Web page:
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Grammar for Grade Eight

I really enjoyed editing the imaginative and awesome stories of some sixty grade eight students, but sometimes the grammatical errors got in the way of the storytelling. So I thought I’d create a quick primer on some of the errors to look out for.

  • When you’re referring to the point of view of a character, you don’t need instances of, ‘ he looked’, ‘he saw’, ‘he spotted’. It’s often unnecessary because the reader knows it’s written from the protagonist’s perspective. If you cut it, it can tighten the writing.
  • When you have dialogue followed by a dialogue tag like ‘he said, or he replied’ use a comma and not a period after the dialogue. When it’s not a dialogue tag, so something like ‘she smiled’ or ‘he nodded’ then use a period.
  • When speaking directly to someone and using their name, put a comma before (unless it starts the sentence) and after it.
  • You need to indent new paragraphs, no space between each. Each instance of a new speaker requires a new paragraph and an indent.
  • Generally you don’t need adverbs. Ideally what the character says or does, tells us how it should be read. I say ‘generally’ because adverbs can work very well, but usually that is a stylistic choice of the author, not due to using a weak verb.
  • Passive construction. Try to edit your work to use active verbs as much as possible. Any instance of ‘was’ or ‘were’ might be a chance but it’s more complicated than that and eliminating all instances of the verb ‘to be’ is not the solution. Active voice is where the subject does the action. Passive voice is where the subject is acted upon. I.e. You wrote a story. (Active) Vs. The story was written by you . (Passive). Note how active is often shorter and more specific.
  • When you have two full sentences that are part of the same thought, you can join them with a semicolon. Use semicolons to link two complete sentences. If what follows is not a complete sentence, then use a comma to join them.
  • Comma use can be confusing. When you have a conjunction like ‘and’ or ‘but’ you usually put the comma in front of it but, in some instances, like this one (see what I did there?) the comma goes after the ‘and’ or ‘but’. This occurs when there’s a phrase that comes after that requires commas.
  • Head hopping is moving from the perspective of one character to another without a transition. It can be jarring and confusing for the reader. By adding a blank line, the reader knows that the writer is changing something (eg, time or perspective). Shifting perspectives can be done without a break, but it takes practice and is difficult to do well.
  • Parts of the plot need to force other elements in the plot to occur. If there’s nothing linking elements of the plot then it won’t make sense. In a story, one thing should lead to another.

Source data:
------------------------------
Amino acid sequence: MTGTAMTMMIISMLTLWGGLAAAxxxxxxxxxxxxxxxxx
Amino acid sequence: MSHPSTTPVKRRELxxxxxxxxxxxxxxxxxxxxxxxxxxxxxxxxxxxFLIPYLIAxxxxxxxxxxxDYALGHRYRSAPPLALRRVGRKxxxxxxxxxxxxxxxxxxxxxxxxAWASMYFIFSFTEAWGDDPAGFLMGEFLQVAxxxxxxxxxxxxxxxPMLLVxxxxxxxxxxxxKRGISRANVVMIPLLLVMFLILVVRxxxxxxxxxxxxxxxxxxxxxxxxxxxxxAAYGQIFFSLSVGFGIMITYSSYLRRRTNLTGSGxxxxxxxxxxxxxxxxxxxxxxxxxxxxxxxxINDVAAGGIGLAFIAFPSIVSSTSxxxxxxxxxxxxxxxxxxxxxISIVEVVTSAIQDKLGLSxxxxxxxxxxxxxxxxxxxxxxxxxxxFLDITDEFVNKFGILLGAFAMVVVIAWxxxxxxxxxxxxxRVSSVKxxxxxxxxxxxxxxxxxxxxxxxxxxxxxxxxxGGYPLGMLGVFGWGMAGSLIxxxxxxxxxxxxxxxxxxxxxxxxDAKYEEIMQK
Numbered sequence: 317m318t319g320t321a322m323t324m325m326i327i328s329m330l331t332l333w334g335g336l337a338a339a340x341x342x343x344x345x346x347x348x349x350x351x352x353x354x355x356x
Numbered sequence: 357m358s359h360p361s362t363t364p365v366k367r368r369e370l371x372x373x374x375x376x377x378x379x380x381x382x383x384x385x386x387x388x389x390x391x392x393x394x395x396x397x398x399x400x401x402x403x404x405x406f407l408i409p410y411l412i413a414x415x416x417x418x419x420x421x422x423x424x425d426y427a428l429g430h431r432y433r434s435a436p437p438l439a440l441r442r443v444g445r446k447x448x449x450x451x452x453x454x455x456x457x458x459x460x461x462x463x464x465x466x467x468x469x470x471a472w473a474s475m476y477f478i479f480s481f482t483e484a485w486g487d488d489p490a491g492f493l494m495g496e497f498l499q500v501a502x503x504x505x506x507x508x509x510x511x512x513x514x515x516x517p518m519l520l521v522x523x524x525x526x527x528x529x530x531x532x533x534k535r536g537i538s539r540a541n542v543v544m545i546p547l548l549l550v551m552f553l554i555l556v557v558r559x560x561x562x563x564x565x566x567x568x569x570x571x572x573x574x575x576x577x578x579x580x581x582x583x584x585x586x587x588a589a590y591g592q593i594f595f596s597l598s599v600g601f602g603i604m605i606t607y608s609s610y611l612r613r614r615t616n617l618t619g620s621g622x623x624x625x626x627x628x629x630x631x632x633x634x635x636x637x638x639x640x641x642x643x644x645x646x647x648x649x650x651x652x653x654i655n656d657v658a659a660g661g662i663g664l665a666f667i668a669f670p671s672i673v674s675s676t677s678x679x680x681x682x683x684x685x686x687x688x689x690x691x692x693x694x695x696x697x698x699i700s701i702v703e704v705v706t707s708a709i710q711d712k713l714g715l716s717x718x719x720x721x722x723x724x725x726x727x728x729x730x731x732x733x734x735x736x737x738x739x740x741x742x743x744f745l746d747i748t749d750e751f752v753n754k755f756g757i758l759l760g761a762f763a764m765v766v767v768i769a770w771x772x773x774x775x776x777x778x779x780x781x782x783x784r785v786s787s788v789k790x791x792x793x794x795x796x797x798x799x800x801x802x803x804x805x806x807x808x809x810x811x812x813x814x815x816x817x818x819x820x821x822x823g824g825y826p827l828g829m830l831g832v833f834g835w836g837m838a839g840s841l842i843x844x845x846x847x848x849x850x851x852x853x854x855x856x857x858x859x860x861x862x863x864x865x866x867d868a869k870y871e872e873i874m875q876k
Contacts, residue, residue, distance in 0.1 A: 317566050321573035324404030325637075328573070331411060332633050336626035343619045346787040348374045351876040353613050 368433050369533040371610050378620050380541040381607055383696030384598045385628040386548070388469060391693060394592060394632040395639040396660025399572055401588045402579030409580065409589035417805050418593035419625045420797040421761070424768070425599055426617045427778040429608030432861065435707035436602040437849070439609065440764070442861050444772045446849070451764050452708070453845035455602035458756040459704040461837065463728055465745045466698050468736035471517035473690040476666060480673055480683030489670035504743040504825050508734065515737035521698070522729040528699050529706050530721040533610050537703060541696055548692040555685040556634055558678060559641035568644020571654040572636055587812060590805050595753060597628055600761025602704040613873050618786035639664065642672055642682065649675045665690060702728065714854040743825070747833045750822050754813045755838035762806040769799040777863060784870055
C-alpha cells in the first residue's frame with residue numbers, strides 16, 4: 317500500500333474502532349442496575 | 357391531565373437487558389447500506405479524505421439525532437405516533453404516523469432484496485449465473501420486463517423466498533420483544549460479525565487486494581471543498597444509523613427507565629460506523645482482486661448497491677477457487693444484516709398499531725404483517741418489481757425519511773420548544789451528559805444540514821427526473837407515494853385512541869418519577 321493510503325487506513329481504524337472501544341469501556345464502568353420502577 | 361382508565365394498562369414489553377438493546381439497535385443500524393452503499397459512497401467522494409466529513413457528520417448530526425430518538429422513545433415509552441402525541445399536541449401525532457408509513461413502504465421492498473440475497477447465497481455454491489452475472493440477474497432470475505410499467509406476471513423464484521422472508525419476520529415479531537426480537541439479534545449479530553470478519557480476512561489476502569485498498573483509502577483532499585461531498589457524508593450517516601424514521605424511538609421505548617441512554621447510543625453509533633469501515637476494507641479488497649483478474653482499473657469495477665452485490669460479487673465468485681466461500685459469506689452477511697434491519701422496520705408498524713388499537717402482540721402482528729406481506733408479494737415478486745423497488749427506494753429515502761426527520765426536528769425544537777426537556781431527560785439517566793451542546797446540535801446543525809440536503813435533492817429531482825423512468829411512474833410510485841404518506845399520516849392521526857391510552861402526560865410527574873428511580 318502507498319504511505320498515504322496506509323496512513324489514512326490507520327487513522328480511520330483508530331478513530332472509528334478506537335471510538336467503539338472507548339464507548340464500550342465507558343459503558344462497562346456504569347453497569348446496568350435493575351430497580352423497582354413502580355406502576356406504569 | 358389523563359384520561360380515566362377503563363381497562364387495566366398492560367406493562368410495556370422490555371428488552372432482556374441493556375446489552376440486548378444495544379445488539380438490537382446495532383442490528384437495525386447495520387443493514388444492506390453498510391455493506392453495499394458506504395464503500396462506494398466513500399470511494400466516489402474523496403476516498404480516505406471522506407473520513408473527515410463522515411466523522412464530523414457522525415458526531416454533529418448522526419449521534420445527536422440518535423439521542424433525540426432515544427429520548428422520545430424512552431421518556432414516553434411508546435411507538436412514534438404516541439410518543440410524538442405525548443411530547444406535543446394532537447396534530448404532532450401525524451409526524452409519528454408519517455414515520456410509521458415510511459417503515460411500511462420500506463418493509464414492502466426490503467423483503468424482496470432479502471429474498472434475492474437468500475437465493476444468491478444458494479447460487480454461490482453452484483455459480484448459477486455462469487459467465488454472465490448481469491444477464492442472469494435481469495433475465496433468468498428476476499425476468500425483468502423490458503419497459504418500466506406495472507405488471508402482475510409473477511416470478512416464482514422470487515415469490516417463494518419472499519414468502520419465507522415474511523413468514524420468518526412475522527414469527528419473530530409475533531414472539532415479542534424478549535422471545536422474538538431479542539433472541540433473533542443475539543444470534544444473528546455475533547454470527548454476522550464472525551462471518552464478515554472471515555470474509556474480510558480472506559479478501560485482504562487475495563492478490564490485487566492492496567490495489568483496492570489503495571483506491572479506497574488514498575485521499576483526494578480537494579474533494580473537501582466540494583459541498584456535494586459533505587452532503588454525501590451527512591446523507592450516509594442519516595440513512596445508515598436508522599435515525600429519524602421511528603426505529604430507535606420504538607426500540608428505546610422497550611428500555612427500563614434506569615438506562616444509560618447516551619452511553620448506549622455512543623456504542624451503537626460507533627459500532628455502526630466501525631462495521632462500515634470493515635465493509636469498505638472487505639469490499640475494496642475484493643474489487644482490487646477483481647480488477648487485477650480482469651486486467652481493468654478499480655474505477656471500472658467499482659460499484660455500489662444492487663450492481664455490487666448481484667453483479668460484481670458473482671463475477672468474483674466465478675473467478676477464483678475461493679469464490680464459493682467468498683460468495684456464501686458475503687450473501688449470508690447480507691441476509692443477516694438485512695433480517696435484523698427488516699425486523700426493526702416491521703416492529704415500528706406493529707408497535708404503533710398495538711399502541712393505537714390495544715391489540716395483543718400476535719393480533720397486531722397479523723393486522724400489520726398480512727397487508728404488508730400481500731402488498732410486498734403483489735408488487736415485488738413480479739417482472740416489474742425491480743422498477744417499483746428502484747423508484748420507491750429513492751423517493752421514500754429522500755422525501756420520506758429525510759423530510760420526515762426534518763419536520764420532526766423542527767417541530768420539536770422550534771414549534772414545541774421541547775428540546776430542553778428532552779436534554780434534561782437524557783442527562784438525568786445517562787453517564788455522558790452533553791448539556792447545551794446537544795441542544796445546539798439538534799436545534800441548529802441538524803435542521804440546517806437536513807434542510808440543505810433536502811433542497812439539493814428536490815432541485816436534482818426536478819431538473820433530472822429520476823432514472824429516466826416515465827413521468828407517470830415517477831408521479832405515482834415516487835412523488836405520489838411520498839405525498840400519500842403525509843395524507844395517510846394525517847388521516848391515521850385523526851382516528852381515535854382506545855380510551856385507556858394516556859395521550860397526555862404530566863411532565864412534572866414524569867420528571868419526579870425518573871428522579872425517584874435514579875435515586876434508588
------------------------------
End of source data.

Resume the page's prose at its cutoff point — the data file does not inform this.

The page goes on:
• Don’t switch verb tenses without good reason (except in the case of dialogue). Stick to the same tense unless you have a flash back. There were a lot of inconsistent tenses. The tense would shift within sentences.
  • “Punctuation is usually inside quotation marks.”
  • ‘I’ is always capitalized.
  • ‘… to sluggishly walk.’ This is an example of a split infinitive. The infinitive ‘to walk’ is split by the word ‘sluggishly’. You might not need the word sluggishly (you could say that he slogged, trudged, etc), but if you do want to keep it, move the adverb to after ‘walk’.
  • You can use italics instead of quotation marks to show a thought.
  • You lie down on the sofa (no direct object), but you lay the book down on the table (the book is the direct object).
  • You don’t need ‘up’ or ‘down’ when you write things like ‘he stood’ or ‘she sat’ because it’s implied.
  • You want to avoid multiple ways of saying people’s names because it confuses the reader. It’s called ‘elegant variation’.

One final point that isn’t grammar related, I saw a lot of amnesia stories. You know. “Where am I? How did I get here? Who am I?”  Amnesia stories are difficult to pull off. The key is that the reason for the character not knowing has to pay off in the end for the reader. I.e. you need to have a reason not to know where they are or how they got there. It has to be important to the story. If it’s not, the reader will feel let down and basically assume that the author couldn’t come up with anything themselves.

Unfortunately, I’m not a pro editor and hopefully I’m not instilling poor habits in you. When in doubt, go for clarity and specificity. If your writing isn’t clear then the reader won’t be able to immerse themselves in the fictive dream of your story. It will also make it harder for you to get a job! Or pass high school!

Go write!

Categories:   Writing Tips

Comments

  • Posted: June 16, 2017 21:22

    Teagan

    Grate thancs so musch!
    • Posted: June 19, 2017 10:52

      mfstewart

      Sarcasm, the highest form of appreciation.